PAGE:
Legal aid changes lead to an increase in legal battles between divorcing parents

According to recent figures, changes in the legal aid system have led to a surge in the numbers of children caught up in legal battles between their parents, whilst mediation services are experiencing a drop in demand.

Cafcass, the agency which looks after the interests of children in the family courts, has reported receiving 5,061 new cases involving family breakdowns in England in May, with figures running at almost twice the level seen two years ago.

Changes to the legal aid system which came into effect on 1 April, mean that around 200,000 people per year who would have been able to receive legal aid in divorce and child custody cases, will now no longer qualify for legal aid. The months leading up to the changes in legal aid saw a marked in increase in the number of cases, however the increase has continued to rise even further since the cuts came into effect.

Conversely family mediation services are experiencing a drop in demand, possibly because less people have been to see solicitors who would have referred them for mediation. The Government has been keen to promote family mediation as a way to prevent lengthy and expensive domestic battles being dragged out through the courts and this is something we’ve reported on in recent news posts. The Ministry of Justice announced recently that under new laws currently going through Parliament, separating couples will be legally required to find out how they can settle their disputes outside court.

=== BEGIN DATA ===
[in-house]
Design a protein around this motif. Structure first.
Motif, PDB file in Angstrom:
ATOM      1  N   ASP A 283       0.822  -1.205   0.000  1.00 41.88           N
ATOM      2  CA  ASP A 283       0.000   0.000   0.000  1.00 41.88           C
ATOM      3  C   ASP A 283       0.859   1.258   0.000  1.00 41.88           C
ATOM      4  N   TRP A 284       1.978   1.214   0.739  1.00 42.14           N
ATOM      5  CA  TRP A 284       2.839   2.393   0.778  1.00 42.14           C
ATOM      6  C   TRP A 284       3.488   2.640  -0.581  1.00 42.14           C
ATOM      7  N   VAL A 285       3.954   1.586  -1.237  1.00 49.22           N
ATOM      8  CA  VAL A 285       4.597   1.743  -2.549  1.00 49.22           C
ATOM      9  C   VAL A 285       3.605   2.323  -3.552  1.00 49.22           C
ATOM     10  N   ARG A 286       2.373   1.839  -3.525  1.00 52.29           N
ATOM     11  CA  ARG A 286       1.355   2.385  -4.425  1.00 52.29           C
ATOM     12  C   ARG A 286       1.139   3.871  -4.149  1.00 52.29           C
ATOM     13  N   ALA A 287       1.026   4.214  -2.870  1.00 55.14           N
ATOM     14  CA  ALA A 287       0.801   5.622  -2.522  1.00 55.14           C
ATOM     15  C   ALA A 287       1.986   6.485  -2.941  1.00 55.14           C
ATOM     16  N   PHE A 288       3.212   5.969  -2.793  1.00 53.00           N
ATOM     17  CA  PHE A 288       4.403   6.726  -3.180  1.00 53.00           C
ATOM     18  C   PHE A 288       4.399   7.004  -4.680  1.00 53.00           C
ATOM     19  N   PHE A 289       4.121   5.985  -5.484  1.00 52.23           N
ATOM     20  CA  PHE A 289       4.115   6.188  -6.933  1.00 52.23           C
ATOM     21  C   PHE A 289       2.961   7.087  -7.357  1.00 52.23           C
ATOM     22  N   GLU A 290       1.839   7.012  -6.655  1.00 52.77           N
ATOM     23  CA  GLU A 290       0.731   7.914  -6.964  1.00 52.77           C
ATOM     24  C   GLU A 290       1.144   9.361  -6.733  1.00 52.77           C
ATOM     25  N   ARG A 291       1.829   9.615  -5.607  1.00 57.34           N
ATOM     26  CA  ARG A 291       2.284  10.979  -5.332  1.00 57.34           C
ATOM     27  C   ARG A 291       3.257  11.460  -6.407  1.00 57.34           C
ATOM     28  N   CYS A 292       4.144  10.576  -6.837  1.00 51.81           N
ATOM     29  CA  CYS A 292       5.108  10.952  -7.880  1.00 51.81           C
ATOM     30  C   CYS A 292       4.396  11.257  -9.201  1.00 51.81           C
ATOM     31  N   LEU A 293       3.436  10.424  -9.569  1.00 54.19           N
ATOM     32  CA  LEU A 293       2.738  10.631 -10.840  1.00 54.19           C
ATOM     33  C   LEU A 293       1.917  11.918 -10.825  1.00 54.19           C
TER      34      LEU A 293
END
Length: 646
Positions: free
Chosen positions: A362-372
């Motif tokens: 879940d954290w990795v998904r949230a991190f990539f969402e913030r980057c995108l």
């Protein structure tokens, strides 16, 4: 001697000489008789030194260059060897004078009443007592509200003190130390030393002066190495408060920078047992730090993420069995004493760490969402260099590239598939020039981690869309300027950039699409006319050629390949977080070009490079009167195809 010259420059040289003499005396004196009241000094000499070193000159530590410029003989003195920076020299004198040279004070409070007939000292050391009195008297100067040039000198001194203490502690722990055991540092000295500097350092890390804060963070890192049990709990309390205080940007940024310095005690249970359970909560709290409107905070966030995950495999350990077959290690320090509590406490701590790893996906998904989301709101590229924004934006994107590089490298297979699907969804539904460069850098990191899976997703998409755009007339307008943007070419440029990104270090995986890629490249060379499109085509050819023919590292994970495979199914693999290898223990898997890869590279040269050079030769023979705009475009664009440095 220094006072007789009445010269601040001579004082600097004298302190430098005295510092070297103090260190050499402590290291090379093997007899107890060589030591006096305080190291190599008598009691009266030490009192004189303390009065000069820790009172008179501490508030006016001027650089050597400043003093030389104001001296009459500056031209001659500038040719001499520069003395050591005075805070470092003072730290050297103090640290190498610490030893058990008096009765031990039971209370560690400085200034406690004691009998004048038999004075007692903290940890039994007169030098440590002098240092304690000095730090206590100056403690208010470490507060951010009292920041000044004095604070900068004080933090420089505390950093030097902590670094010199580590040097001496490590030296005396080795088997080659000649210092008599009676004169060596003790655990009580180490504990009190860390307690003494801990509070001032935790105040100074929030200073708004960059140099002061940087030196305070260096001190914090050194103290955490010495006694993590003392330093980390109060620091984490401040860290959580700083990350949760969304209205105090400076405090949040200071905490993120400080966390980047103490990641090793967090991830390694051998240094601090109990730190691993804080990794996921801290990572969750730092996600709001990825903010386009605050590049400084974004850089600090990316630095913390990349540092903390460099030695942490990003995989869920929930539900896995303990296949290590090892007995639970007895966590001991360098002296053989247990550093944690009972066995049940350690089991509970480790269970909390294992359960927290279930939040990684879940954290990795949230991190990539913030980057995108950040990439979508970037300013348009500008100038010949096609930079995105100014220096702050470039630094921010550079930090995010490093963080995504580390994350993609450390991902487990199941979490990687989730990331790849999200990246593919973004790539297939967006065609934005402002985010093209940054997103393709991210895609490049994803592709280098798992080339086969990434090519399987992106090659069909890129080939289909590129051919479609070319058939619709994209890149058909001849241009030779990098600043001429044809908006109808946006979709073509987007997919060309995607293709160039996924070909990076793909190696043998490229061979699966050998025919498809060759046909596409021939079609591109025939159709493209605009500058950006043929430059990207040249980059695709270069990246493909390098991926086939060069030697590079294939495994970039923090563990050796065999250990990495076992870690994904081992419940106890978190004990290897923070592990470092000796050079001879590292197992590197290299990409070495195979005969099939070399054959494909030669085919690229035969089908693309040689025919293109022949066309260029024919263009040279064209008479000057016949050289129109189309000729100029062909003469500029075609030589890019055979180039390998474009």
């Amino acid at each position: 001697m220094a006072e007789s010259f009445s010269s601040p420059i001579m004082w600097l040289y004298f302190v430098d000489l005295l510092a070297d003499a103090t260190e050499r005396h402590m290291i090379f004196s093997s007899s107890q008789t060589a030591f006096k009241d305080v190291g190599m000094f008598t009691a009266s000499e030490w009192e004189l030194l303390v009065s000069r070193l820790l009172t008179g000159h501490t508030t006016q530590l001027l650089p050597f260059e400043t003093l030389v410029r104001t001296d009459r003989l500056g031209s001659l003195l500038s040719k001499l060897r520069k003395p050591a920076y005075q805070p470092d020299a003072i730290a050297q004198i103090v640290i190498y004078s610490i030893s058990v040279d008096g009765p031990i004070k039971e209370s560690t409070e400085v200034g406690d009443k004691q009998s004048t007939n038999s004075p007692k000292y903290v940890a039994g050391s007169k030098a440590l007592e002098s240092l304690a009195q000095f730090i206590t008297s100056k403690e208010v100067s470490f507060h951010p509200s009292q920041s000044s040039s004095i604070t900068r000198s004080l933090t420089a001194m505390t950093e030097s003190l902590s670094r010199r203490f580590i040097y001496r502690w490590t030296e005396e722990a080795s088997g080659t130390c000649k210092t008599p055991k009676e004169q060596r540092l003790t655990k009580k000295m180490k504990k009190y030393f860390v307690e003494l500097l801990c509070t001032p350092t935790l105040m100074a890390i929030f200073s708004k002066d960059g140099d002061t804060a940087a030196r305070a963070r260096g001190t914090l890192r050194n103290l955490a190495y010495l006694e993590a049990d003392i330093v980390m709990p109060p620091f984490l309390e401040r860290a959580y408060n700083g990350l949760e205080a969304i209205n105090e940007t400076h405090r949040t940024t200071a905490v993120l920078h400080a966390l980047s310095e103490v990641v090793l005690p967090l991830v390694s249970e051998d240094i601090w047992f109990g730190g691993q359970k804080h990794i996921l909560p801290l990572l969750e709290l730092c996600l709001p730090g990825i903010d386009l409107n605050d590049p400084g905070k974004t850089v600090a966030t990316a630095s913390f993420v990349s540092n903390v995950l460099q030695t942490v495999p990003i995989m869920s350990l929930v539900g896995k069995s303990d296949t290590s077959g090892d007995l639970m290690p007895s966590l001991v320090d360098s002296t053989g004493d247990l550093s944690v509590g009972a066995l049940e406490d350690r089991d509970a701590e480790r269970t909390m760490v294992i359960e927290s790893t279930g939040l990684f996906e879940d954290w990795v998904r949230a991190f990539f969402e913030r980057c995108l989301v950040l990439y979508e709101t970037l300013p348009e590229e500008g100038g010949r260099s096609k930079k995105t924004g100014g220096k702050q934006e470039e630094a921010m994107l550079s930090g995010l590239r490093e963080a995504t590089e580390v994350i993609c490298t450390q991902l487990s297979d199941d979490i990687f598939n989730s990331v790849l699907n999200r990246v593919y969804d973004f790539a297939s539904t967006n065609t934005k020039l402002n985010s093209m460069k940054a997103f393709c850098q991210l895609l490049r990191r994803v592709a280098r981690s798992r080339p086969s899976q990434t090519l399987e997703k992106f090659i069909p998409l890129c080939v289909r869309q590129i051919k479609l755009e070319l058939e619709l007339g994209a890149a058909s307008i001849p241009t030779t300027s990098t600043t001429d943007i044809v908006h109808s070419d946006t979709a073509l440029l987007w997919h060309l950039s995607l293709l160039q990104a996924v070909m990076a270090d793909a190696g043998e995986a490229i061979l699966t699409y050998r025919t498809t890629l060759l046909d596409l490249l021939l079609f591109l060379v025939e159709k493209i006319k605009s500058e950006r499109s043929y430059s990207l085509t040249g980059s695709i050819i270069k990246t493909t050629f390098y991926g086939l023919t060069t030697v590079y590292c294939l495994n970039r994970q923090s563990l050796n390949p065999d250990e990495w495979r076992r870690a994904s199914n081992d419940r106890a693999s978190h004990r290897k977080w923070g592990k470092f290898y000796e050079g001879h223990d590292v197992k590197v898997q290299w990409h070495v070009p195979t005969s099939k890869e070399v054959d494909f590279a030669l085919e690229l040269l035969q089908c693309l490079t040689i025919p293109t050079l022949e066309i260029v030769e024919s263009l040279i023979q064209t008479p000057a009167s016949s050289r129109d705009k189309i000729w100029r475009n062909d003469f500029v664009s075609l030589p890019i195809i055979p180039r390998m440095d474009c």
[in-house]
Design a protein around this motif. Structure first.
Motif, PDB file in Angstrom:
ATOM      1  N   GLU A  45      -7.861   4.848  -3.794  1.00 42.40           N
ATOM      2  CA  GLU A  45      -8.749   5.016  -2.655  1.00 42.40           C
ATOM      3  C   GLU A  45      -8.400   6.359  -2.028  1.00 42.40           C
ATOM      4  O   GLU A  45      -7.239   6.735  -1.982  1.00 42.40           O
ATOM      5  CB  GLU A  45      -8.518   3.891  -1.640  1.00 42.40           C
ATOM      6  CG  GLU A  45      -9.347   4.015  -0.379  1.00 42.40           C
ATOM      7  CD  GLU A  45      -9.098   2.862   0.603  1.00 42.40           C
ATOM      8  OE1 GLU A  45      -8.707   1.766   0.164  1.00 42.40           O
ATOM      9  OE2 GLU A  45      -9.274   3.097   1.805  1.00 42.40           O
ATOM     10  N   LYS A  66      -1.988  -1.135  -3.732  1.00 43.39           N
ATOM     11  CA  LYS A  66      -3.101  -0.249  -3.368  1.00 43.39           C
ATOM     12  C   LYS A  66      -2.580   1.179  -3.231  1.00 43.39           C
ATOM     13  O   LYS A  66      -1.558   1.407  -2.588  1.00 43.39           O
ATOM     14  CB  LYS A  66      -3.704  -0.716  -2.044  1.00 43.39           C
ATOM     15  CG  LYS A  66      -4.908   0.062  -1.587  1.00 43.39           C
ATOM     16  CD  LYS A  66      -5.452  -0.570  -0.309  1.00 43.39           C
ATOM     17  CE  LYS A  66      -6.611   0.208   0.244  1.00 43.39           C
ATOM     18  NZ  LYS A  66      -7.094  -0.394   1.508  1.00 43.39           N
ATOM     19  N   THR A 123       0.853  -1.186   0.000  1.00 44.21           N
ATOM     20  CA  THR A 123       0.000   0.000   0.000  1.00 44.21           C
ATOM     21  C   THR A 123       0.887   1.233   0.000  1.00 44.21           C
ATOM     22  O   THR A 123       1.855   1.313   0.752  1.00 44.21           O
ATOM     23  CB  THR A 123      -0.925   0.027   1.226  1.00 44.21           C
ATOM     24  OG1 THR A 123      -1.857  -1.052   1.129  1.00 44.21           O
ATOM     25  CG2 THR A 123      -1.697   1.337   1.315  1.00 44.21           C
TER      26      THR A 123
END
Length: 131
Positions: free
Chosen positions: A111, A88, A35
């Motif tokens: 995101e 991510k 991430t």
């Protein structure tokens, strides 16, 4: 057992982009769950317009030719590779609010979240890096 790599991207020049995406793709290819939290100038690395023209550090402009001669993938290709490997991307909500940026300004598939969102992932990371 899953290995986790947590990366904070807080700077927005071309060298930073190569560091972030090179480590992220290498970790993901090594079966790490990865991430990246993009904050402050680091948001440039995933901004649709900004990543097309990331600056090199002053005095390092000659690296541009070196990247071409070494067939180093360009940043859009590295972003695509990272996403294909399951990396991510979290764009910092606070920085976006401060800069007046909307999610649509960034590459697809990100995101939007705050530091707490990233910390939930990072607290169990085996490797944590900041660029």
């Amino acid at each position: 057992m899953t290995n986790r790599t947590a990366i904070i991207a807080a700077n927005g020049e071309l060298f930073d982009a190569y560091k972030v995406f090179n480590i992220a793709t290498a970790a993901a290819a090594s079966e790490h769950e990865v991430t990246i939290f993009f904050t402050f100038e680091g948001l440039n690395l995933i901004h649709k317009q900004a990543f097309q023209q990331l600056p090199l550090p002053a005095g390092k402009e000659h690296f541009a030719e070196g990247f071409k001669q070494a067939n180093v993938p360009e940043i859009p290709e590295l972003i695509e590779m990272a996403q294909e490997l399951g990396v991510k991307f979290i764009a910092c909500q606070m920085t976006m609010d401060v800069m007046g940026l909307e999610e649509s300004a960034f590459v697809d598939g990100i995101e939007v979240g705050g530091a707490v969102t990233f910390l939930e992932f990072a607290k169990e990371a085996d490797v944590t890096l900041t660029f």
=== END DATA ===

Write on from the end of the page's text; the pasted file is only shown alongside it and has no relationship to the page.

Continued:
Vicki McLynn who is a partner in family law with Pannone, warned that the increase could lead to an increase in acrimonious child contact cases:

“Previously, individuals with legal representation might have attempted to negotiate a resolution to their particular difficulties without going to court,” she explained.

“However, the withdrawal of public funding for most types of cases has meant court potentially now being the first and only option considered by those now having to represent themselves, despite Government’s efforts to increase the number of couples taking part in mediation.

Given the considerable workload already being handled by Cafcass, the fear is that this fresh influx of work may cause delays in cases while their reports are prepared.

That, in turn, only risks increasing frustration for parents who have limited or no contact with their children as well as distress for the children concerned.”

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